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Call for Evidence

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The recent Black Lives Matter protests were sparked by the awful killing of George Floyd in the US. The response from protestors in the UK has highlighted once again that racism and inequality exist here too. The Prime Minister announced that a Commission would be set up to investigate race and ethnic disparities in the UK with a report expected around Christmas. This follows a succession of reports in recent years, which have looked into, and found, structural racial inequalities in state institutions and processes, from the Home Office to the Youth Justice System.

There are concerns about racial inequalities in the protection of human rights in many areas including:

  • Detention, as highlighted by the disproportionate number of young black men searched and in custody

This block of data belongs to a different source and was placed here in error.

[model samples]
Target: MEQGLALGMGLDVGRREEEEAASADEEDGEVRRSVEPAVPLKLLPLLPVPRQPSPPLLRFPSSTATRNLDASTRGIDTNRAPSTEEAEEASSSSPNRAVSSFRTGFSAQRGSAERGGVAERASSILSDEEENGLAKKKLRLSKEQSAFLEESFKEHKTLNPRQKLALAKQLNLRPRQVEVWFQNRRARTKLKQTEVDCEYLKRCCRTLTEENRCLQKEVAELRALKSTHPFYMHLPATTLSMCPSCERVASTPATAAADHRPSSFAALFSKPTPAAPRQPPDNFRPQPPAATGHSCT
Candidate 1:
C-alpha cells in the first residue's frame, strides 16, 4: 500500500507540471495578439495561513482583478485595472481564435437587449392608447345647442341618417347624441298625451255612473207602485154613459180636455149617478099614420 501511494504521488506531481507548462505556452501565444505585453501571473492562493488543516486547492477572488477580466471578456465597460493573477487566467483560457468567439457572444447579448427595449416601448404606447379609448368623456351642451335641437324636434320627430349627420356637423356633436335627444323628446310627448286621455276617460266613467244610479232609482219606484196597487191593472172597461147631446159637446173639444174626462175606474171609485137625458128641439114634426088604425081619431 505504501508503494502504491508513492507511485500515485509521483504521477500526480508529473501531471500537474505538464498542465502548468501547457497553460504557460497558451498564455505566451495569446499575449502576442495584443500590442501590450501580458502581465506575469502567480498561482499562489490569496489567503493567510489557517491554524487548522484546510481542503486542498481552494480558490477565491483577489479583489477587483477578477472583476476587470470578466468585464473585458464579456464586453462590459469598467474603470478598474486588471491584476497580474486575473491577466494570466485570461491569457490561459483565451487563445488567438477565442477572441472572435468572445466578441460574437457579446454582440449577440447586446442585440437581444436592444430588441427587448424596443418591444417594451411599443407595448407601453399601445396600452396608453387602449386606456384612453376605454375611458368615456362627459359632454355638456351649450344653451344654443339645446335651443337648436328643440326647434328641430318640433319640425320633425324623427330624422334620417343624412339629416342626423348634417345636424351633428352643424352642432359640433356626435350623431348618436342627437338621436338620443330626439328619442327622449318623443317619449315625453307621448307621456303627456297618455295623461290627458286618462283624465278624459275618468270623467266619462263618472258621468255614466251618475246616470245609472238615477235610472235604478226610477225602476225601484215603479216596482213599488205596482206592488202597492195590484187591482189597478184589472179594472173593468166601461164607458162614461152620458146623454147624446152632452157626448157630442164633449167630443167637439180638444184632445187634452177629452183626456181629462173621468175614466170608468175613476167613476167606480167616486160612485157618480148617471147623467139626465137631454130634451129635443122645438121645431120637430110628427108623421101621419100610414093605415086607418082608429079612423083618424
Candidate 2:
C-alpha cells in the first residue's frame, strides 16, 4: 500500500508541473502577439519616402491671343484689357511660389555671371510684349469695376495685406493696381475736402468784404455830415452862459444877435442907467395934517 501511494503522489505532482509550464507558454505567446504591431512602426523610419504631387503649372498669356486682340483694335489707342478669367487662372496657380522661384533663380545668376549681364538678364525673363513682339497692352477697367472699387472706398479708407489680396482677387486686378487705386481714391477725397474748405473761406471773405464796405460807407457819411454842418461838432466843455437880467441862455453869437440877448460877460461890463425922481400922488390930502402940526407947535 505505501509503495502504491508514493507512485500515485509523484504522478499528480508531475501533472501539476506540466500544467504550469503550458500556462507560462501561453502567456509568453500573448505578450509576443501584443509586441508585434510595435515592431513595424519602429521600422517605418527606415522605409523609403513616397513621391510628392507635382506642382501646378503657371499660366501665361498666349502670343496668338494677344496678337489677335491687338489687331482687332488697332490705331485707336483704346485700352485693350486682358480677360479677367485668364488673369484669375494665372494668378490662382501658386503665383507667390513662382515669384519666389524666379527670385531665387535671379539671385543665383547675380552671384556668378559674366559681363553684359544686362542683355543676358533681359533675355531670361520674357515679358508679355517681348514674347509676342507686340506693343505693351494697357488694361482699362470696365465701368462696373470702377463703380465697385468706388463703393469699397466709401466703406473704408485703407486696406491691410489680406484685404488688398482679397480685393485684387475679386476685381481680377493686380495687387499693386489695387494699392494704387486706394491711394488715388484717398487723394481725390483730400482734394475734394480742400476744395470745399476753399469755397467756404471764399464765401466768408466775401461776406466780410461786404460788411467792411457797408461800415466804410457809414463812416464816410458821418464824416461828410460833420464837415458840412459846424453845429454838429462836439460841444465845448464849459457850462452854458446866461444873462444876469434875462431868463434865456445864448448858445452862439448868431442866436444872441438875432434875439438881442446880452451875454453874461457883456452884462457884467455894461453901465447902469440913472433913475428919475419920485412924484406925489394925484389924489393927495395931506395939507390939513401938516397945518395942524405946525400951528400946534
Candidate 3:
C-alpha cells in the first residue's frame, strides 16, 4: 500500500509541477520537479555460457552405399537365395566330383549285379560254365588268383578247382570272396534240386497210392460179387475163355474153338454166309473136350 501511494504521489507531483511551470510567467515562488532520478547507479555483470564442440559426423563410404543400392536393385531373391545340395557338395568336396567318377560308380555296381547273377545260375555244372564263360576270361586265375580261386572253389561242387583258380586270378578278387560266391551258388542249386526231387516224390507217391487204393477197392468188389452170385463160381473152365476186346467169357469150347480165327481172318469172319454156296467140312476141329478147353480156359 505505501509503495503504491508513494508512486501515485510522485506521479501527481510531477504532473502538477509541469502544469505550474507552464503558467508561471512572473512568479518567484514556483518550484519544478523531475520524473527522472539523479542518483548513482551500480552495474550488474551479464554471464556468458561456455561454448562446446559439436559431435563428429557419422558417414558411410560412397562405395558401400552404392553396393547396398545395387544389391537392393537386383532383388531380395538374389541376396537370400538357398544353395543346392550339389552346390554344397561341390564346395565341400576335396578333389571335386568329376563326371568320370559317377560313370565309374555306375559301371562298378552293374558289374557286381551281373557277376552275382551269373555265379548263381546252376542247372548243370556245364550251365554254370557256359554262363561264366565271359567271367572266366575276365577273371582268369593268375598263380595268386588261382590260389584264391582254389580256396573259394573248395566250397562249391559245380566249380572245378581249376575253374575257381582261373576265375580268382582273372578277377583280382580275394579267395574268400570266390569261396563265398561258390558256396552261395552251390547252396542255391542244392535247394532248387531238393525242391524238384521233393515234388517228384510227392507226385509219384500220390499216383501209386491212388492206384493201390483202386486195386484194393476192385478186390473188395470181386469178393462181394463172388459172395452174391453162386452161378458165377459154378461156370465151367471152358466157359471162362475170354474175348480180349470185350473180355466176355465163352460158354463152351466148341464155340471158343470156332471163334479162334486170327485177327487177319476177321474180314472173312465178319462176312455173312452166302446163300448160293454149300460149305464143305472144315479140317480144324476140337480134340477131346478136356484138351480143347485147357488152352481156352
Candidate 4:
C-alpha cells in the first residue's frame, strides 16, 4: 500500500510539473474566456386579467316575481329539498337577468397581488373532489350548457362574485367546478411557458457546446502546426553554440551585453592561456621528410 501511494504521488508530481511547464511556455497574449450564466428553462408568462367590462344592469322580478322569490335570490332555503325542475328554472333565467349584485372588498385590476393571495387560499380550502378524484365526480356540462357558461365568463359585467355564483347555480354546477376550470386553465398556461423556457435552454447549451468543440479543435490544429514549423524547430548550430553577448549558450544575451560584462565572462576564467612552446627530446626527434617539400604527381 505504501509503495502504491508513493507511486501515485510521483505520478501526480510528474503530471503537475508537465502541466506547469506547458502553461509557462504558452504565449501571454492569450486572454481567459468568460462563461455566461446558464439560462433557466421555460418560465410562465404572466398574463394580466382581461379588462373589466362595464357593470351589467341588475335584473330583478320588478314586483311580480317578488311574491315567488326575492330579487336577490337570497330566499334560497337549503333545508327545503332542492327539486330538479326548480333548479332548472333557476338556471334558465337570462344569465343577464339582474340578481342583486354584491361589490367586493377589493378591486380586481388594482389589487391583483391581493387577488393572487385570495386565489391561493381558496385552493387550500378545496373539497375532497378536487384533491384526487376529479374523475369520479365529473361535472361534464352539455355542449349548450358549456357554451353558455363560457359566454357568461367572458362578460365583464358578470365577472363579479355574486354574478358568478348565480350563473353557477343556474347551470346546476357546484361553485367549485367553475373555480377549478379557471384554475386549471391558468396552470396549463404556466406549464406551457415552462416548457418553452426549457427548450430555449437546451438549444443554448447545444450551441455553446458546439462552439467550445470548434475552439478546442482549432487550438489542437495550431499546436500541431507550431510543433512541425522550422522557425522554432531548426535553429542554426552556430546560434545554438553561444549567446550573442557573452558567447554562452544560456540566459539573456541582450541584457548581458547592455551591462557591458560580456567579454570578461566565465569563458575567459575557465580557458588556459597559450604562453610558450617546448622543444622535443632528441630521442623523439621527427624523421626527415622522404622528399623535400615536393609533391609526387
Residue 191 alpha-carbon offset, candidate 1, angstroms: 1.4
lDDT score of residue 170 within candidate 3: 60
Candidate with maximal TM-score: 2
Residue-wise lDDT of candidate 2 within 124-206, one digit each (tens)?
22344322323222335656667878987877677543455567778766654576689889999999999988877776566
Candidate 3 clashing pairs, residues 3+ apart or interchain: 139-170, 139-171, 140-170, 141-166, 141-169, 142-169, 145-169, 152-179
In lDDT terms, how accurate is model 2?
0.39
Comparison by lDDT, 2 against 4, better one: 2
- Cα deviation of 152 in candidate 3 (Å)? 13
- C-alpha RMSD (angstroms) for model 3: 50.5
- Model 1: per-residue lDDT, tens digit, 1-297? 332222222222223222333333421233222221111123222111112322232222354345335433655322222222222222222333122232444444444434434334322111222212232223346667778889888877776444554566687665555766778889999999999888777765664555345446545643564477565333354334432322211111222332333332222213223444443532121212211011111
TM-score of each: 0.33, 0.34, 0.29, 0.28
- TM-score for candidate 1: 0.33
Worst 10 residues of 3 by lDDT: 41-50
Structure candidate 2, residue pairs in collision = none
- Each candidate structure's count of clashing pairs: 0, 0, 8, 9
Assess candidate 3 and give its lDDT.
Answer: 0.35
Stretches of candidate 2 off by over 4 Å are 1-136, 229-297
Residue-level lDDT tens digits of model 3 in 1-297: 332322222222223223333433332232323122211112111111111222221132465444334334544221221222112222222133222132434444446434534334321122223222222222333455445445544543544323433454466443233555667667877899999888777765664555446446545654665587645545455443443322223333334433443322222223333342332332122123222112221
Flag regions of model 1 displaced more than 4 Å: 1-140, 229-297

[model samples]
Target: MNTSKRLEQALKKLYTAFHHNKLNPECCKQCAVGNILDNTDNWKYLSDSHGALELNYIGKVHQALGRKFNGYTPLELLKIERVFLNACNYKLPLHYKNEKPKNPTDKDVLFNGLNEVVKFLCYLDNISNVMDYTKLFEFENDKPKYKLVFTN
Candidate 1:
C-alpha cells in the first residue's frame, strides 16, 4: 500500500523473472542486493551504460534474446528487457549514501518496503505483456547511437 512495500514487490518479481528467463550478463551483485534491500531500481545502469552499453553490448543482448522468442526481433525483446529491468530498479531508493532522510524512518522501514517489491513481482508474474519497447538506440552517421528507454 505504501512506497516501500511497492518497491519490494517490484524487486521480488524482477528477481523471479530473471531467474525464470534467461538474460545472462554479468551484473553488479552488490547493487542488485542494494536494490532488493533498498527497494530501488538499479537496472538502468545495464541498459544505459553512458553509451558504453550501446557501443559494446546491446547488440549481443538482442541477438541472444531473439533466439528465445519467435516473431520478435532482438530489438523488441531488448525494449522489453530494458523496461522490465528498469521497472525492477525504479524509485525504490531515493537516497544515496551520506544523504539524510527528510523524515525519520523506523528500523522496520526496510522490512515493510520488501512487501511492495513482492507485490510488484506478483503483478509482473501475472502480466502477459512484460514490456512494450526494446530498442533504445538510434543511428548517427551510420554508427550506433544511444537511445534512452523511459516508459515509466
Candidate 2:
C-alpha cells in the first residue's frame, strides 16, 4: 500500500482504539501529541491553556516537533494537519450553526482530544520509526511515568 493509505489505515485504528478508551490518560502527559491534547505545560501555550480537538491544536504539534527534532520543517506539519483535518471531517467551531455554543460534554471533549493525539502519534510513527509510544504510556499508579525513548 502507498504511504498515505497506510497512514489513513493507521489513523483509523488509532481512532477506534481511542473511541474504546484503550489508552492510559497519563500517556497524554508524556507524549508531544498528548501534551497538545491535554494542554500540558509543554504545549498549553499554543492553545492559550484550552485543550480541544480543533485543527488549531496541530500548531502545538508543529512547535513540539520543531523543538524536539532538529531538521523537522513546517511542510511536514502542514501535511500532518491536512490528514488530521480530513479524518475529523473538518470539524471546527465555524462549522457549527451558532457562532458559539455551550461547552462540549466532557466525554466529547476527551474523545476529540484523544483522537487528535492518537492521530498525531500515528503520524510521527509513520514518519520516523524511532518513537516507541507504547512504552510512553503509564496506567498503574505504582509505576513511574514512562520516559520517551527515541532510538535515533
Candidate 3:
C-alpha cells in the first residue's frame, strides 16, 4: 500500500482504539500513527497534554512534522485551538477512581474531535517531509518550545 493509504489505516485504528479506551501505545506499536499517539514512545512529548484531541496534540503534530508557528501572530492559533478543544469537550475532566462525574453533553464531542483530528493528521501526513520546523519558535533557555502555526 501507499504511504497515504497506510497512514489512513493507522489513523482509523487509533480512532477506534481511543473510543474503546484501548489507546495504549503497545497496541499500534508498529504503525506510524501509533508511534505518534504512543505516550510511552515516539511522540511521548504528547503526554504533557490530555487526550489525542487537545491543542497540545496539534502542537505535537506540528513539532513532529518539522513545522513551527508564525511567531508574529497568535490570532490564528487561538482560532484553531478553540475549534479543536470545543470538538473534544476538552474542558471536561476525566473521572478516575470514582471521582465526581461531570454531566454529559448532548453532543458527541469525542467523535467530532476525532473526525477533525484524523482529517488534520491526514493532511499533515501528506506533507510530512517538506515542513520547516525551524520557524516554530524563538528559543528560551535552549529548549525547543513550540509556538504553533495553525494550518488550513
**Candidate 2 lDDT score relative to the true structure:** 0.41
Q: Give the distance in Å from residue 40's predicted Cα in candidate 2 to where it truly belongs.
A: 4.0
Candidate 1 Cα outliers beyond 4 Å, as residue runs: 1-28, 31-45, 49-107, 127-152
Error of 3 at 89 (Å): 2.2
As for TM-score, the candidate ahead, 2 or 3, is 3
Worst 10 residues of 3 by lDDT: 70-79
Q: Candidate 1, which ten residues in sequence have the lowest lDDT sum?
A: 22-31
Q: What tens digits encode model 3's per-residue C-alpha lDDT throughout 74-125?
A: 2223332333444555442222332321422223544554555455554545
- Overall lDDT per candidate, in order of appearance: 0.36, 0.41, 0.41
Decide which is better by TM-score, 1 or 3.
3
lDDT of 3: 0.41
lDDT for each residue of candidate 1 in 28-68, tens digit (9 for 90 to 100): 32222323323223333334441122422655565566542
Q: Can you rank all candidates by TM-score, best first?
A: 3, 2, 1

• Immigration, as highlighted by the Windrush scandal
  • Health, as highlighted by higher maternal mortality rates for black women
  • Democracy, as highlighted by significant numbers of black people not registered to vote

These issues engage fundamental rights including: the right to liberty (Article 5 ECHR), which protects people from unlawful detention; the right to a family life (Article 8 ECHR); the right to a fair trial (Article 6 ECHR), the right to life (Article 2 ECHR) and the prohibition on non-discrimination (Article 14 ECHR).

Whilst these topics have been the focus of a number of reviews and reports in recent years, there has not been prompt progress made in the implementation of their recommendations. The Joint Committee on Human Rights will investigate what has impeded progress, and ask whether changes in the organisations charged with monitoring equality and human rights issues are required. The Committee will also carry out research into attitudes of black people in this country about the protection of their human rights.


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 The Joint Committee on Human Rights invites submissions of no more than 1,500 words from interested groups and individuals.

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This call for written evidence has now closed.

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